Emmet Brickowoski is an everyday, ordinary, Lego construction worker. He lives life as President Business wants all the citizens of Lego Land to live. It’s a peaceful life. Everything is awesome. However, President Business – or, rather, Lord Business – has other plans. He is set to rule the entire Lego universe when he unleashes the Crakle on Taco Tuesday. A small band of heroes comprising of Vitruvius, Wyldstyle, Uni-Kitty and Batman mistake Emmet as the Special looking to the confused, would-be Master Builder for a plan to put a stop to Lord Business’ evil plan.
Pure imagination! The Lego Movie is an instant treasure, destined to win the hearts of kids and adults alike as it transports its audience to a wondrous world of Lego characters and blocks of all shapes and sizes. It effortlessly taps into that unique quality Lego blocks (and similar building toys – Lincoln Logs, anyone) create when they inspire the raw imagination of young minds, regardless of the “builder’s” true age. The film focuses on the most common of Lego characters, one that is not of any remarkable quality, one that easily gets lost in the crowd, he’s the one in the big, seemingly bottomless, bin at the Lego stores in the mall. The film clothes him in a construction worker outfit and sets him next to hundreds similar toy-people. His is lost in a crowd. His name is Emmet and he is perfectly content in his world…until he stumbles into a big adventure and sees his world anew, realizing the full potential of building with no boundaries, no rules. But, it is not an easy journey; he is a block-head that always builds by-the-rules, from the instruction manual, never deviating. Now, suddenly, he has no manual, no rules and no clue what to do. Luckily he has the rogue Master Builder, Wyldstyle and her boyfriend, Batman, to guide him. With anything suddenly possible, nothing looks the same and everything can be anything. And what it all becomes is inspired.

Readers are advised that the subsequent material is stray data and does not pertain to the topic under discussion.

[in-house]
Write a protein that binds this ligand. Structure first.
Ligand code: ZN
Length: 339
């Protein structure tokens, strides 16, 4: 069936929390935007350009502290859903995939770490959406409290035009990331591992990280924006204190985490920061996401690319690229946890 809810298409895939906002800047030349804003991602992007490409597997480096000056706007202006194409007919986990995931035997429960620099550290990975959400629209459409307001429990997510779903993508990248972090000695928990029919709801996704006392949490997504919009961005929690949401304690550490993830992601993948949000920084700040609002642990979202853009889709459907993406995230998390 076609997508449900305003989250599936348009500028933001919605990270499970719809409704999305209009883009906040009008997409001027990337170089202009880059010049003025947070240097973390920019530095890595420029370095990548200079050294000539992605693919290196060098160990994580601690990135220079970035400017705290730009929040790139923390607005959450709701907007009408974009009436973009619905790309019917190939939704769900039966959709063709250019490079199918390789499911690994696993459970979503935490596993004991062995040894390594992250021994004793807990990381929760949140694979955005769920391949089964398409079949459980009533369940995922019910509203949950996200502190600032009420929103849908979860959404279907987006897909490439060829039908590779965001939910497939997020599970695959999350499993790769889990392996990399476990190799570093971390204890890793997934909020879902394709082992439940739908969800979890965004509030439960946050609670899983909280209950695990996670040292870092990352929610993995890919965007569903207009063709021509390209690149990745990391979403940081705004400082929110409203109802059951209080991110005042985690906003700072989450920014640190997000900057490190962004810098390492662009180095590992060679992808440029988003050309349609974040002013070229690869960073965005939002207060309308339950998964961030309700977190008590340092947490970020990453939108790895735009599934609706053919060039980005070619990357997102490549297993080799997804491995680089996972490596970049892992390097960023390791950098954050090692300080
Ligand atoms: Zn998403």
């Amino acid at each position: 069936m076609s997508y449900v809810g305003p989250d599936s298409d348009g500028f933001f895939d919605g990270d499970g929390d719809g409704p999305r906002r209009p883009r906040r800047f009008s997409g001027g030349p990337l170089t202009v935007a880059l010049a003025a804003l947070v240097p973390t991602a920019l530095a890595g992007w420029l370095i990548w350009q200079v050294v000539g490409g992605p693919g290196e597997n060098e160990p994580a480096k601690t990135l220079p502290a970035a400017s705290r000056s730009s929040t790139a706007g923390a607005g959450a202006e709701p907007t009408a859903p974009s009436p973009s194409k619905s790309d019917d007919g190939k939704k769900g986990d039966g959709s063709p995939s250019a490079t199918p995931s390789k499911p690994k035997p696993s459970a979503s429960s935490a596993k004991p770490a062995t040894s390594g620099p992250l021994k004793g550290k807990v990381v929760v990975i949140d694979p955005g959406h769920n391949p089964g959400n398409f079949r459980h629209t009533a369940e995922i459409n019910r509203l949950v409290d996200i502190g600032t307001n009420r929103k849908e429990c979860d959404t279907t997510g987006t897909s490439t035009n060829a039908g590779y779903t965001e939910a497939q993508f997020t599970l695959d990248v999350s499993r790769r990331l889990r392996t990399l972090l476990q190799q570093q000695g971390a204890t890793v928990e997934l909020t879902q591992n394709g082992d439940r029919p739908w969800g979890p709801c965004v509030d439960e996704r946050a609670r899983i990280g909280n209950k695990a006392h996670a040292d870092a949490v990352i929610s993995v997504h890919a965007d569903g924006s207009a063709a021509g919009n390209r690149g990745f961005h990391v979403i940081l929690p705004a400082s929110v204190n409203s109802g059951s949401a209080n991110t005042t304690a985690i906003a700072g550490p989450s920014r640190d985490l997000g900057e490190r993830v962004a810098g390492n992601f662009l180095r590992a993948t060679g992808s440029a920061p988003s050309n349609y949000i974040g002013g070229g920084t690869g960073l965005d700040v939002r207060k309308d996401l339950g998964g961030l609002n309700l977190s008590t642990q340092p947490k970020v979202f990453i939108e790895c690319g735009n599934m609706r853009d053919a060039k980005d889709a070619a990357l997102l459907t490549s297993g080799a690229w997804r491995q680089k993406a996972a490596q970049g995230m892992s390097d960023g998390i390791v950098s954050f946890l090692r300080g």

“Everything is Awesome!” This is the title of the only song that plays on Lego Land’s radio station, the catchy jingle of a tune that President Business affords to the public who consume it willingly and hungrily. They go about their days, destroying and building the city scape over and over. Everything is by the rules, following a specific step-by-step set of instructions. All is right. Or is it? No, it is not! Imagination cannot be contained and the story of The Lego Movie champions that simple idea. It does so with a wicked but joyful sense of humor, toying with some of its popular licensed products and familiar designs and characters. Superman, The Green Lantern, Wonder Woman and Batman are all here as well as Gandalf and Dumbledore. The list goes on and on: pirates, ghosts, spacemen, basketball players, even Abraham Lincoln and William Shakespeare. It is fantastic and sure to put a big, silly, happy smile on the crankiest of faces.